Options for saving good articles as reference material

When I come across a good article on the internet (looking at you, Sparky, Stephen Hackett, Rosemary Orchard, Mike Schmitz, et al. :smile:), I often want to save it as reference material. (Note that these articles are not for read-it-later services such as Pocket or Instapaper.)

How do you save such articles as reference material?

In particular, I’d like to save it in such a way as to:

  • Save the URL of the article as well as the content of the article.
  • Save the article in such a way that if the owner of the article suffered a website outage, this would not affect the availability of the saved article.
  • Avoid using proprietary software (e.g. Evernote).
  • Bonus: save the article in such a way that I can link to the article on my personal website (for referencing), and fall back to my personal archived copy if the website upon which the article is hosted is unavailable. (This wouldn’t cause copyright issues, would it? I’m a data scientist, not a lawyer!)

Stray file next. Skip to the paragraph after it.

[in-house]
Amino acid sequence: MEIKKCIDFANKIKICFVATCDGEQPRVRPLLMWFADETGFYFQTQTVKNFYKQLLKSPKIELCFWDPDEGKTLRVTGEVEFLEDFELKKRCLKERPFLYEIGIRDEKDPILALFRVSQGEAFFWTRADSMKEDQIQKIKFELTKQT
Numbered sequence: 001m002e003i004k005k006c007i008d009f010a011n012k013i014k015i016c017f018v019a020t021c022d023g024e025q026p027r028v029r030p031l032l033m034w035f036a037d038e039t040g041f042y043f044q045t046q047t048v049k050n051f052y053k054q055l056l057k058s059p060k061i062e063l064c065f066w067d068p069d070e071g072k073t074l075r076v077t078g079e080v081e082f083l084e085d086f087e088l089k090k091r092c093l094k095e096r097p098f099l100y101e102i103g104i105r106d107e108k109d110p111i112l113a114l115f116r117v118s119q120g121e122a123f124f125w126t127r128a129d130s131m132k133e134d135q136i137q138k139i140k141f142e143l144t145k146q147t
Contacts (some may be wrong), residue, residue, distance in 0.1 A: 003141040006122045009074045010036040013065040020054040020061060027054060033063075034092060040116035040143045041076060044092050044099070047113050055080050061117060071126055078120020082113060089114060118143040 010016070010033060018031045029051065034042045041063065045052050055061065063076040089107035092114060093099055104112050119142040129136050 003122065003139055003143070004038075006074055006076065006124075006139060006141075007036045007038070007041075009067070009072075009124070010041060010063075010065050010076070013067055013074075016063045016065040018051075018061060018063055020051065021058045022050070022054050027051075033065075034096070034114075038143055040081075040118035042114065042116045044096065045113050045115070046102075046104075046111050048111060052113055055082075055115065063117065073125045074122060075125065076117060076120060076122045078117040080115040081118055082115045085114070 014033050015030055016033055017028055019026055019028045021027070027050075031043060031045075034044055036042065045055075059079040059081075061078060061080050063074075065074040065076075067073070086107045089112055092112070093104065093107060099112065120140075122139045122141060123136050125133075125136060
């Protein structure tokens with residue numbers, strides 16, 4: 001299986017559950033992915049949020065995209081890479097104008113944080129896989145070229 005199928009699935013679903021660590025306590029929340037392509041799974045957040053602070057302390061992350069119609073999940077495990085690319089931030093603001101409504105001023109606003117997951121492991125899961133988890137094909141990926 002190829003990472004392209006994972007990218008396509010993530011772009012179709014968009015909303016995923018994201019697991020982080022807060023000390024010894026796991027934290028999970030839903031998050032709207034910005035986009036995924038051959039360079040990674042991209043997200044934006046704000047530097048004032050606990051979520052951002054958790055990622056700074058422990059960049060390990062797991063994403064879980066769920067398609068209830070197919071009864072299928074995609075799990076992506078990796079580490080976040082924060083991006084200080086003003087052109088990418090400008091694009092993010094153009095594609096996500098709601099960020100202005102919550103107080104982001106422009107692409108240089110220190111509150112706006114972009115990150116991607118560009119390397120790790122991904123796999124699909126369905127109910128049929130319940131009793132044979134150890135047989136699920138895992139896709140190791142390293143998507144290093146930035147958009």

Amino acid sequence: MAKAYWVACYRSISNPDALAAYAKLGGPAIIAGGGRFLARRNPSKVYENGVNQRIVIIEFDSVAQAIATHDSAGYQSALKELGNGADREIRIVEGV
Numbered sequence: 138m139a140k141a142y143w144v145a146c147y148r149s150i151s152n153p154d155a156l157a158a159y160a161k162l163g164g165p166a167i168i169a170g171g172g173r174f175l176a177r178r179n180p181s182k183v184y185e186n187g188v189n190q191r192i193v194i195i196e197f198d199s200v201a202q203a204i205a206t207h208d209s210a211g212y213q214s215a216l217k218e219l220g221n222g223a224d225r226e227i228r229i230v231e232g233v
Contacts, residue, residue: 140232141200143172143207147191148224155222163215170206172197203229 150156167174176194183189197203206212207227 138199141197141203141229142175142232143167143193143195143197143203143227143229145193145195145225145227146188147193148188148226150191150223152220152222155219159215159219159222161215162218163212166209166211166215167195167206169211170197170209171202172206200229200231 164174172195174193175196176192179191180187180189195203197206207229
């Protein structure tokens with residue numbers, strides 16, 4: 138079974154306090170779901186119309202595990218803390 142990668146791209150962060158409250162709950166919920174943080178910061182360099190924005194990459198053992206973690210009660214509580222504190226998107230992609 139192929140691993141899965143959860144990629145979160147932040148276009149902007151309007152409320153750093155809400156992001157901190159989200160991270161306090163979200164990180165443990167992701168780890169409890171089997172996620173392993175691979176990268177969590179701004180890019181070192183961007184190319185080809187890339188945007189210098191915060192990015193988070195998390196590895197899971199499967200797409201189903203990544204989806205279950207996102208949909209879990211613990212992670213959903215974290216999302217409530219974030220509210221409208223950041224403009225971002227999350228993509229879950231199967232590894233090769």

However, I’ve yet to come across a good method for saving these articles.

  • I can activate reader mode on Safari and then save the article as a PDF, but this has limited and mixed success, depending on the nature of the article.
  • I could copy the raw text and URL of the article to my own plain-text markdown file - with appropriate information such as author and date in the YAML header - but this would omit the images.

I personally just copy and keep the research in Notes. I used to use Devonthink but found the interface (especially on iOS) wasn’t to my taste at all. I have a folder called Research and find the search works great when I need to find anything.

My solution is Devonthink… which doesn’t comply with your requirements but still… it is a very viable solution for me. I use DT’s web picker and usually save articles as web archives. This way I can archive it basically forever and even use them with no internet connection.